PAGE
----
The debate should not be political football where parties seek advantage for themselves, claiming high ground, diminishing rivals’ capacity and ability to oppose, and manipulating public opinion, among other tactics. The BC Liberals are taking advantage of this excessive partisanship by inventing, then championing, a rural faction supposedly being taken unfair advantage of by the upcoming electoral reform referendum.

The moribund neo-right party is desperate: trickle-down has failed, causing inequities, environmental degradation, and corruption. Electoral reform is a last resort for the BC Liberals, but they use it with impunity for partisan self-interest because everybody else is doing it.

The “confusion and chaos” the BC Liberals accuse the NDP of is actually used by all parties in the debate. BC’s STV referenda had ulterior, partisan purpose: to preclude strong, majority governments that might subsequently undo neo-right sabotage of public enterprise; the different result of the second Referendum from the first show voters suspected they were being played. Reform at the federal level saw partisanship assiduously cultivated. BC has been drenched in reform wrangling, now more partisan than ever, causing more “confusion and chaos,” and disappointing both proponents of change and voters who prefer SMP and wish the fuss would stop.

The BC Liberals’ use a “rural redoubt” ideography, the typical siege mentality of the neo-right. Pro-reppers resort to similar notions while styling their system as antidote to the neo-right.They’ve been chauvinistic in their circular reasoning that pro-rep is good simply because it is proportional, or that pro-rep is just good, pointe finale. Perhaps more reasonable, but just as partisan, is that pro-rep is good because it is not neo-right. The fact that pro-rep may just as well advantage the neo-right is not something pro-reppers acknowledge (the kind of vicious ad hominem directed at Bill Tieleman for making this observation substitutes for reasoned, civil debate).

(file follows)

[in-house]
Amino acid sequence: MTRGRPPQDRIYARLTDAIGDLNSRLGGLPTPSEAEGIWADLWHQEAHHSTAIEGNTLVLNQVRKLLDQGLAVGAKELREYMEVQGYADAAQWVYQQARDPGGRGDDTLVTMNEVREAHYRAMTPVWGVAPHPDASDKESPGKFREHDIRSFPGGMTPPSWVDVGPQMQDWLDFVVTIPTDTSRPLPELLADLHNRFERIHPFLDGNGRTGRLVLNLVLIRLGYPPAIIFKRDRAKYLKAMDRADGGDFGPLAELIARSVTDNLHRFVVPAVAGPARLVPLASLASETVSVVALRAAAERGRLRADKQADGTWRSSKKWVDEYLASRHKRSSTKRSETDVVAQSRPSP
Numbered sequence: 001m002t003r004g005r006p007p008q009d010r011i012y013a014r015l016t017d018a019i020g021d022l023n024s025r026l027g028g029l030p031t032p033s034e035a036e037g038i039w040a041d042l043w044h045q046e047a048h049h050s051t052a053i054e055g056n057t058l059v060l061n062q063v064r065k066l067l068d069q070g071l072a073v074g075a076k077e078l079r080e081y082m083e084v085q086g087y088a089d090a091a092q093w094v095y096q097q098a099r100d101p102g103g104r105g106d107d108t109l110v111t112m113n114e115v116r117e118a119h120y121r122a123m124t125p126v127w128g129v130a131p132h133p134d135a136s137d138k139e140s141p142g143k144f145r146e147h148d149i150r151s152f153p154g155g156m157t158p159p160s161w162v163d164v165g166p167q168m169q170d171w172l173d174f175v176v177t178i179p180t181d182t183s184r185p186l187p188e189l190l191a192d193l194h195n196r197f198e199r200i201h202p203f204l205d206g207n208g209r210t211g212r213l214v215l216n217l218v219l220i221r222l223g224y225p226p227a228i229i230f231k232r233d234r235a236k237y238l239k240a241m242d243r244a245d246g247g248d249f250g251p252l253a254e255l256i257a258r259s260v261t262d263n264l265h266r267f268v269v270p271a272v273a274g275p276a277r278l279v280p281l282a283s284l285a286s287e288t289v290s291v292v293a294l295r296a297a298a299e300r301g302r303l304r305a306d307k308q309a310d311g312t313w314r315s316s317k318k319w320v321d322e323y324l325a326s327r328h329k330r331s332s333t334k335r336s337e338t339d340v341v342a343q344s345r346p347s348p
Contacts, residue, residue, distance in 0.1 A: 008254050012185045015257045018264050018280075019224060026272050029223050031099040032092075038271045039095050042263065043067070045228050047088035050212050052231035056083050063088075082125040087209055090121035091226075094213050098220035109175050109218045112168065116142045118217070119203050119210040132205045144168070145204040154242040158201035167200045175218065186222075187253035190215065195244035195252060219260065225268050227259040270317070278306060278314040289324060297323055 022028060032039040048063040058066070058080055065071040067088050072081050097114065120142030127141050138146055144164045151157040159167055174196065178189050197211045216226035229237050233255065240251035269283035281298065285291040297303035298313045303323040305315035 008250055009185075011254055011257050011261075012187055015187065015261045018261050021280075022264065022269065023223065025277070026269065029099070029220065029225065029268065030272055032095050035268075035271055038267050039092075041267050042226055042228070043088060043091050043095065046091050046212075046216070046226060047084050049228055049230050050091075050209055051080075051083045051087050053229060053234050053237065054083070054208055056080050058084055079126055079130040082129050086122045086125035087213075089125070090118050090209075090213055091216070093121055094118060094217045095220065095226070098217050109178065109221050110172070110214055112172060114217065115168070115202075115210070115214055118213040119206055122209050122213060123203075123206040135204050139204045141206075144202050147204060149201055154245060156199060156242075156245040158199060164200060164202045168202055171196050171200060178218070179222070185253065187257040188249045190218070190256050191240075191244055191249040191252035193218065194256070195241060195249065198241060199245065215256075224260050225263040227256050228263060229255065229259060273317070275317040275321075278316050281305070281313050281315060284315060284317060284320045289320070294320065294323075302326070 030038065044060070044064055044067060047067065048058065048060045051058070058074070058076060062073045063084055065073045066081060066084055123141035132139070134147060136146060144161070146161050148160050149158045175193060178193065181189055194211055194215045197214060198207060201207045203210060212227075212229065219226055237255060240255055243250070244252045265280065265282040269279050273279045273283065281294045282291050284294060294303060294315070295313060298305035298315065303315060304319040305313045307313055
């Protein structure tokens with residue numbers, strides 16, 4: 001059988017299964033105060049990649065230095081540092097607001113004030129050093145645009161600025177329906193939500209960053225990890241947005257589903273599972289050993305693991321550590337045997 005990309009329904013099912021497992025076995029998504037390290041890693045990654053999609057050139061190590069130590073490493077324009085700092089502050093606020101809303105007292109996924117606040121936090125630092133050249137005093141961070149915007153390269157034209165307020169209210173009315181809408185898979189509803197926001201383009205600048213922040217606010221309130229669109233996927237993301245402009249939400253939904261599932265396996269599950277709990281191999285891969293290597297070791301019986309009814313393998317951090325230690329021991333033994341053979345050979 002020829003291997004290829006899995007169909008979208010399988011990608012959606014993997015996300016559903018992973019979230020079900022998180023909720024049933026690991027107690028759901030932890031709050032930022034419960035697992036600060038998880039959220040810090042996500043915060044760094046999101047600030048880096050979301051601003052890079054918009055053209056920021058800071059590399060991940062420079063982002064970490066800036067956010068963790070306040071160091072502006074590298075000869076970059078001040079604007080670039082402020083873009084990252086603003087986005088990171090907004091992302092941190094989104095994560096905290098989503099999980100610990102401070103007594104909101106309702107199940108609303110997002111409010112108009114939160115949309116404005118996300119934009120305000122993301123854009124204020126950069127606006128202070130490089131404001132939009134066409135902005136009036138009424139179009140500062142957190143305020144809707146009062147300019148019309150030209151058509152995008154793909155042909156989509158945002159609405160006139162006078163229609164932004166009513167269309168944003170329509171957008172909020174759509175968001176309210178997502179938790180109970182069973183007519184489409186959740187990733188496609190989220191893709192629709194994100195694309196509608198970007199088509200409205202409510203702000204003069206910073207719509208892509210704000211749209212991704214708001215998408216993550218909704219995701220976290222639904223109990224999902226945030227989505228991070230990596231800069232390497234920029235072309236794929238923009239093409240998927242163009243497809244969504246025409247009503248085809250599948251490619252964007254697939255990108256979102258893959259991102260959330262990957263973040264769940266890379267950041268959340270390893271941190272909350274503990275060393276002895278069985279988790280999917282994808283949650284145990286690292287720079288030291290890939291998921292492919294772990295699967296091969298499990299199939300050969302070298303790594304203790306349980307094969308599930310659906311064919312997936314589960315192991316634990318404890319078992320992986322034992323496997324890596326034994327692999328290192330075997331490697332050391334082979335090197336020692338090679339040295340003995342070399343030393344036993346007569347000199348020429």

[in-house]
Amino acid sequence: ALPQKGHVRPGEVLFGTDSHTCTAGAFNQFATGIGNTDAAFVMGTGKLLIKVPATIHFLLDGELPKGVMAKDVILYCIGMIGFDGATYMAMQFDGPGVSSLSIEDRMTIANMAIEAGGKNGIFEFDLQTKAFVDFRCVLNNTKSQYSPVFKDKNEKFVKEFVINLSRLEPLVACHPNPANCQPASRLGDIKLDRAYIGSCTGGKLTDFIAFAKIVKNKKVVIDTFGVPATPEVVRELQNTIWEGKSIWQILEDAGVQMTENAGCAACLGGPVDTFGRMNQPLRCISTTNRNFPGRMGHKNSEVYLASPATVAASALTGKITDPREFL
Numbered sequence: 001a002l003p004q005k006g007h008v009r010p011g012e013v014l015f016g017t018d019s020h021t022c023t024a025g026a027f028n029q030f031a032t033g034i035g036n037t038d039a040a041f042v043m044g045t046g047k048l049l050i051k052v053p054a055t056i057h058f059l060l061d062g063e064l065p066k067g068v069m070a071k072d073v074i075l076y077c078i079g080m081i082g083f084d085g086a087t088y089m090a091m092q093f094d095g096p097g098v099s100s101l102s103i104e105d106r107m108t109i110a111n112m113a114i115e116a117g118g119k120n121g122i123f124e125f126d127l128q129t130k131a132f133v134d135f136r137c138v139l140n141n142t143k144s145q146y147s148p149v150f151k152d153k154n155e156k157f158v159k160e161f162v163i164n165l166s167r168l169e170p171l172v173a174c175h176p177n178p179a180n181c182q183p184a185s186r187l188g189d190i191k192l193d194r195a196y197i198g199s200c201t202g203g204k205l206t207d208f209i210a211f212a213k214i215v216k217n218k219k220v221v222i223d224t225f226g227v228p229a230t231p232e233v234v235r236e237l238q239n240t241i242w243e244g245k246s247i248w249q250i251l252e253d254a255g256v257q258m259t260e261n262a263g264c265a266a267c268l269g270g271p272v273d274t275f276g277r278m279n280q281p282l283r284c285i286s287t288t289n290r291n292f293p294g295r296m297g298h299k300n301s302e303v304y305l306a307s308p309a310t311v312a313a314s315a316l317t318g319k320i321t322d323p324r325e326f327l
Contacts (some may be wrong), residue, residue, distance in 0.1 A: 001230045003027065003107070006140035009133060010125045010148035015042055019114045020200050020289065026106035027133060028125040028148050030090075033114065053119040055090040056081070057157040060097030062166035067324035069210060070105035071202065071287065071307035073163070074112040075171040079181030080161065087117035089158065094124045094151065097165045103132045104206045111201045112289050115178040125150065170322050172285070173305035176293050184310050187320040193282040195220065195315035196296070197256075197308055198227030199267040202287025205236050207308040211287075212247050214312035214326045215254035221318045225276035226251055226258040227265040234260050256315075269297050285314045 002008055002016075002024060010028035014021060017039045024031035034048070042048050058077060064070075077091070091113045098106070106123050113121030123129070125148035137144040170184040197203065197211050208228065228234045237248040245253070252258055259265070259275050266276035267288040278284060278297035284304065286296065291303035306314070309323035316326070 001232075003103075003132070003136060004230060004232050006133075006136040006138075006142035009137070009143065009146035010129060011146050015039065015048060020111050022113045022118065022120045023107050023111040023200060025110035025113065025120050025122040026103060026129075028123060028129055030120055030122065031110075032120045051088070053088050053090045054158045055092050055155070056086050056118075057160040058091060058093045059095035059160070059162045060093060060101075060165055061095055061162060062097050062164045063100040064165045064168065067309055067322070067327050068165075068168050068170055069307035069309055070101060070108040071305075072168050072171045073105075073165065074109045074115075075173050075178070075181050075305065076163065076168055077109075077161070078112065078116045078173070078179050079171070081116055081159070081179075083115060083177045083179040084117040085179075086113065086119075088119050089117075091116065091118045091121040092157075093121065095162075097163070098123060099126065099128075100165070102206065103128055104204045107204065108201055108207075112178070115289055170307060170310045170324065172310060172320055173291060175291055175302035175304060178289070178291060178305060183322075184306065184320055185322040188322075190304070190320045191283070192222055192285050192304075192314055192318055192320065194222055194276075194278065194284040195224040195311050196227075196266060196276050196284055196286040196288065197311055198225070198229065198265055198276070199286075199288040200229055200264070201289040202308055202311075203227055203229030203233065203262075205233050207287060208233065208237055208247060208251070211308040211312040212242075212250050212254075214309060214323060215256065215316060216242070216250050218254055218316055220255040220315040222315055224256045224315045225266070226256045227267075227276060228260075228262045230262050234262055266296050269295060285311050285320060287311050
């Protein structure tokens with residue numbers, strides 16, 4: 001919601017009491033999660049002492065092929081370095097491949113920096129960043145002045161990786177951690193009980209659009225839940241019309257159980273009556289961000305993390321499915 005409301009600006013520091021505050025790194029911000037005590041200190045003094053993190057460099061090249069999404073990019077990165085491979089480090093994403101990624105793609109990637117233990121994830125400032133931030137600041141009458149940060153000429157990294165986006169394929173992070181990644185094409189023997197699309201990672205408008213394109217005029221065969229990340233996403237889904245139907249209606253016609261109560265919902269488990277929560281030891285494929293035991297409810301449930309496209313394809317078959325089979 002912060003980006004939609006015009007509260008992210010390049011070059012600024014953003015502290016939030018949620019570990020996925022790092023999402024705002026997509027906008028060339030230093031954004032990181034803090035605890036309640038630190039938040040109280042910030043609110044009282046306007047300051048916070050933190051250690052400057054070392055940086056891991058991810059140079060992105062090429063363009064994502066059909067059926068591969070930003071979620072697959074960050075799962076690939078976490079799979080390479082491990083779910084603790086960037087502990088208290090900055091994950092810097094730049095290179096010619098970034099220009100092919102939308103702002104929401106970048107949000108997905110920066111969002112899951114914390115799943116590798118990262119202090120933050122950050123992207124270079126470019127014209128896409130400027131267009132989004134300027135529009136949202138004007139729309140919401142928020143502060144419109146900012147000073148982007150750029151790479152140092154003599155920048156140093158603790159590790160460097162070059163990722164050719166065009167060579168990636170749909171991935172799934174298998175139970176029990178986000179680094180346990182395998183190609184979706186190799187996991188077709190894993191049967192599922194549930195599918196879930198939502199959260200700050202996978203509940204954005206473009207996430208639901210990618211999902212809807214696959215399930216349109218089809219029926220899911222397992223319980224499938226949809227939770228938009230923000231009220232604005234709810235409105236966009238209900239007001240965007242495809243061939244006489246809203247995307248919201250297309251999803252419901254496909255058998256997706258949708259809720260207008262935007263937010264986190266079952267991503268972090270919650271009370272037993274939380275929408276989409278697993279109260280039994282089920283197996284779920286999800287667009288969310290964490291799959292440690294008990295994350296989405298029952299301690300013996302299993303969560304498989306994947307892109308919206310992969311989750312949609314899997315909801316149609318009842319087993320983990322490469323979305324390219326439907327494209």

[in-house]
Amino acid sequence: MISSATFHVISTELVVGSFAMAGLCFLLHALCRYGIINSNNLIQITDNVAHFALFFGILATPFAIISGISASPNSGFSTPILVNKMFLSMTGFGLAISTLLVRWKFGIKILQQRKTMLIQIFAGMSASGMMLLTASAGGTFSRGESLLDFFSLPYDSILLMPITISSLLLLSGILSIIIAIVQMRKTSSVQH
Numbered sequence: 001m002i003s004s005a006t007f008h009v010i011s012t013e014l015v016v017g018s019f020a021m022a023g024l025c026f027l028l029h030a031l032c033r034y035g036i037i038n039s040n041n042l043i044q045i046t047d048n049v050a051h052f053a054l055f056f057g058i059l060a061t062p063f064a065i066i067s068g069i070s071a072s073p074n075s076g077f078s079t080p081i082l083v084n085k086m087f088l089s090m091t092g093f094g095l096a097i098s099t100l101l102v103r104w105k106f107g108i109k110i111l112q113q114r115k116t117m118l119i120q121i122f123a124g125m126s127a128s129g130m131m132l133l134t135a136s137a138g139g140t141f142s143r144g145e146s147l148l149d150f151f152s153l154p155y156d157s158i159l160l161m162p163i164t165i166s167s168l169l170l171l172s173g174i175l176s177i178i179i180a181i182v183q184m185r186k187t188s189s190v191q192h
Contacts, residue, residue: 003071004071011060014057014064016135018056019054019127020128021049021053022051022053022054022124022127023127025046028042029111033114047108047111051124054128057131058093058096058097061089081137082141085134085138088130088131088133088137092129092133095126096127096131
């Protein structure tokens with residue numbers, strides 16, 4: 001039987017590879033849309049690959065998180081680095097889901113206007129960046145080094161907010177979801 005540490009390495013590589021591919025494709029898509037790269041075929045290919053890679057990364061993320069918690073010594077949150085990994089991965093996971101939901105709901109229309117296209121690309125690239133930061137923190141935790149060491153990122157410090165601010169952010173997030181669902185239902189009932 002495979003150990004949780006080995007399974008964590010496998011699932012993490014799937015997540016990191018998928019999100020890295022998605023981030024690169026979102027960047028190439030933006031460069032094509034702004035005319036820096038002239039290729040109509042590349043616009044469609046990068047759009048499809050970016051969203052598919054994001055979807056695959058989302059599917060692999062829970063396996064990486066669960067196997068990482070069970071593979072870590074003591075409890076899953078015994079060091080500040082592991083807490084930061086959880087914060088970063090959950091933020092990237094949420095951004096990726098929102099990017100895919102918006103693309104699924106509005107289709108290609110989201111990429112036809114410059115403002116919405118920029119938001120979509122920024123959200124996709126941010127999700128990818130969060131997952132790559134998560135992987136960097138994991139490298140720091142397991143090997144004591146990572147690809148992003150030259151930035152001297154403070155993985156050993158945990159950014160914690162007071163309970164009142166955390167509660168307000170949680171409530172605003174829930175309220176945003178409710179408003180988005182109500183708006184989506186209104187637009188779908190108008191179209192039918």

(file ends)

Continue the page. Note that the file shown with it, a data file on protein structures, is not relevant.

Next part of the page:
BC Liberals join the partisan dance already in progress, and appear legitimate, therefore, in adding their own stylizations to this supposed debate while real concerns are obscured: can government by any party provide timely and effective legislation? Do any of the electoral systems available fit with the reality of parliamentary confidence? Can reasonable debate happen by rote partisanship — and, increasingly, ad hominem?

BC Liberals do not represent SMP, nor the Greens pro-rep, but discernment is difficult in the current vortex. Most galling to someone like me who detests the neo-right is the system-gaming the BC Liberals appear to be getting away with. Confusion and chaos result in safe, secure, choices. Even though I support SMP, I’d prefer voters to reject or approve it on a basis of sound reason, not partisan rhetoric — or BC Liberal hoodwinking (they accuse the NDP of).

Why would a party that tried to get STV twice now oppose pro-rep? It’s simply that circumstances have changed for the BC Liberals who once thought they had it in the bag and history had ended: the sabotages of the public enterprise were thought installed and needed only to be made permanent with the certainty of hung parliaments. Now, instead, they are indicted by their record, their sabotages undone, left only with hope that one day they might get the chance to try again. If they thought they’d be saved or spared by pro-rep, they’d deploy their usual deception to get it, perfectly camouflaged because, leading up to the Referendum, everybody else is attempting the same thing, each for self-interest instead of the best interests of the democratic whole.

To reverse this mess, partisan propaganda should be banned, politicians recused, and the BC Electoral Office — proven experts at impartiality and all things electoral — charged with conducting the exercise and invigilating advertising bans.

Partisanship employed to select a system that must be totally impartial and non-partisan will fail to satisfy, as it always has.

e.a.f. said...

Perhaps the B.C. Lieberals took a page out of a joke book from out of the 1970s which was about the Belgiums being always confused.

The B.C. Lieberals are desperate and will resort to anything and everything. I can hardly wait for them to start their "separation" talk. You know the rurals aren't being represented so they ought to join something else or start their own province.

Guess Christy's ex and brother need a job and want to ensure they get whatever money is still floating around the province. What they believe worked for Trump, they will try to use in B.C. This is only the beginning.

Anyhow, every one ought to know, its the civil service which gets the work done, the actual running of the province. Most cabinet ministers don't have a clue about what is going on in the ministry, what they ought to be doing, and what their jobs are. Horgan did bring change in that department by appointing cabinet ministers who actually know something about the subject of their portfolio, starting with people like Eby, Heyman, and Judy Dorsey.